DOJ Asks for Immediate Injunction as It Takes on Texas Over Rio Grande Barrier

DOJ Asks for Immediate Injunction as It Takes on Texas Over Rio Grande Barrier
People walk between razor wire and a string of buoys placed on the water along the Rio Grande border with Mexico in Eagle Pass, Texas, on July 16, 2023. (Suzanne Cordeiro/AFP/Getty Images)

The U.S. Department of Justice (DOJ) filed a motion for a preliminary injunction on Wednesday as part of its lawsuit against Texas over the installation of a floating barrier in the Rio Grande.

The DOJ argues that Texas needs to obtain permission from the U.S. Army Corps of Engineers before expanding the current barrier installed near Eagle Pass and that the barrier obstructs navigation in the Rio Grande and causes harm.

“The basic facts are clear, and no further inquiry is needed for this Court to grant the United States immediate injunctive relief in this enforcement action,” the filing reads.

“The Floating Barrier also causes imminent irreparable harm because it obstructs lateral navigation across the Rio Grande for hundreds of yards along the river’s length,” the filing reads.

If the injunction is granted, the army would coordinate the barrier’s removal.

Moreover, Mexico has expressed disapproval of the floating barrier, claiming that it contravenes treaty obligations and raises humanitarian concerns, as it may lead to the loss of lives of people swimming in the river.

Mexico lodged a diplomatic complaint in June, alleging that Texas Gov. Greg Abbot’s deployment of buoys violates water treaties between the United States and Mexico.

“Mexico has specifically asserted that Texas’ actions contravene various treaty obligations and has raised humanitarian concerns regarding possible loss of life to persons swimming in the Rio Grande,” the filing reads.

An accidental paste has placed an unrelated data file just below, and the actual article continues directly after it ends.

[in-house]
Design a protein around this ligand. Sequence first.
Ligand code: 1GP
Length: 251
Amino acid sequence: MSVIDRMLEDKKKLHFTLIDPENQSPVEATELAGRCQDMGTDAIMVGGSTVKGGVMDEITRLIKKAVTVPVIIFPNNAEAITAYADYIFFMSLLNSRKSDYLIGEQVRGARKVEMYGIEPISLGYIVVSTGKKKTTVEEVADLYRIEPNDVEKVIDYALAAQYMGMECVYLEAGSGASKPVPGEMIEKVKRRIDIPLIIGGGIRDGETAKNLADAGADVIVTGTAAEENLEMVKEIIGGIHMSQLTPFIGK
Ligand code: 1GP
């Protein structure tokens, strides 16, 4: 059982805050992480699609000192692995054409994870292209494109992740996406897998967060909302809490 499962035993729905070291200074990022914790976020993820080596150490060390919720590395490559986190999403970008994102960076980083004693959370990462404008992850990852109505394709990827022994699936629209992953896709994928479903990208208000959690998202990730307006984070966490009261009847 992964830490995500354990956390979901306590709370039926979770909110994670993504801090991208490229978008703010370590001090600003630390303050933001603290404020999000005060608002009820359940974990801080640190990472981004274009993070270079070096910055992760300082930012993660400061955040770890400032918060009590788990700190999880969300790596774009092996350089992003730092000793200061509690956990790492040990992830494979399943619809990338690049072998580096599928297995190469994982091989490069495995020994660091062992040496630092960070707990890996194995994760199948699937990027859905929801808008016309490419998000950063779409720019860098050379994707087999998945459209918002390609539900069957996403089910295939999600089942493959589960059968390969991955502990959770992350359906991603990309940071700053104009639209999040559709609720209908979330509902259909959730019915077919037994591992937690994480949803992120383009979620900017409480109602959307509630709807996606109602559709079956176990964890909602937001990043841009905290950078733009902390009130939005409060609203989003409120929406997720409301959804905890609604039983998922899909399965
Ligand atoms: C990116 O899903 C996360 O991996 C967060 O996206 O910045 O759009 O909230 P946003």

The DOJ’s lawsuit, filed on Monday, accuses Mr. Abbott, a Republican, of installing the barrier without the necessary federal authorization, as required by the Rivers and Harbors Act.

Abbott Defies Biden

Mr. Abbott contests the DOJ’s claim that the buoys violate the Rivers and Harbors Act.

Associate Attorney General Vanita Gupta has stated that the barrier poses threats to navigation and public safety, and has implications for U.S. foreign policy due to diplomatic protests from Mexico.

Mr. Abbott has defended his decision to install the barrier, asserting that it is part of Operation Lone Star, an effort to address broader immigration issues. Texas officials believe that the barrier discourages migrants from crossing the Rio Grande, which they consider hazardous.

Texas Department of Public Safety director Steve McCraw has previously argued that crossing the Rio Grande is inherently “a risk to the migrants” and that the barrier “is the deterrent from even coming in the water.”

The governor and other Texas officials have argued that they placed buoys in the Rio Grande to prevent drowning deaths among illegal immigrants attempting to cross into the United States.

“Texas will see you in court, Mr. President,” the Republican wrote in a letter to President Joe Biden (pdf) on Monday.

Four people, including an infant, drowned near Eagle Pass around the Fourth of July holiday, as they tried to cross the Rio Grande, officials said.

“Neither of us wants to see another death in the Rio Grande River,” Mr. Abbott wrote. “Yet your open-border policies encourage migrants to risk their lives by crossing illegally through the water, instead of safely and legally at a port of entry. Nobody drowns on a bridge.”

Mr. Abbott emphasized that if Mr. Biden enforces the existing immigration laws, it would prevent America from experiencing a record-breaking level of illegal immigration.

The International Boundary and Water Commission, responsible for U.S.-Mexico treaties and boundary demarcation, claims that Texas did not inform them in advance about the floating barrier. As a result, there are concerns about potential impacts on U.S.-Mexico treaties related to the Rio Grande.

Frank Fisher, a spokesperson for the International Boundary and Water Commission, said they are assessing Texas’s proposal and its potential impact on U.S.-Mexico treaties, including matters related to the Rio Grande.

Approximately 90 House Democrats have called on the Biden administration to take action against Texas over the Rio Grande barrier, citing injuries and drownings as reasons for their concern.

Jack Phillips contributed to this report.

From The Epoch Times

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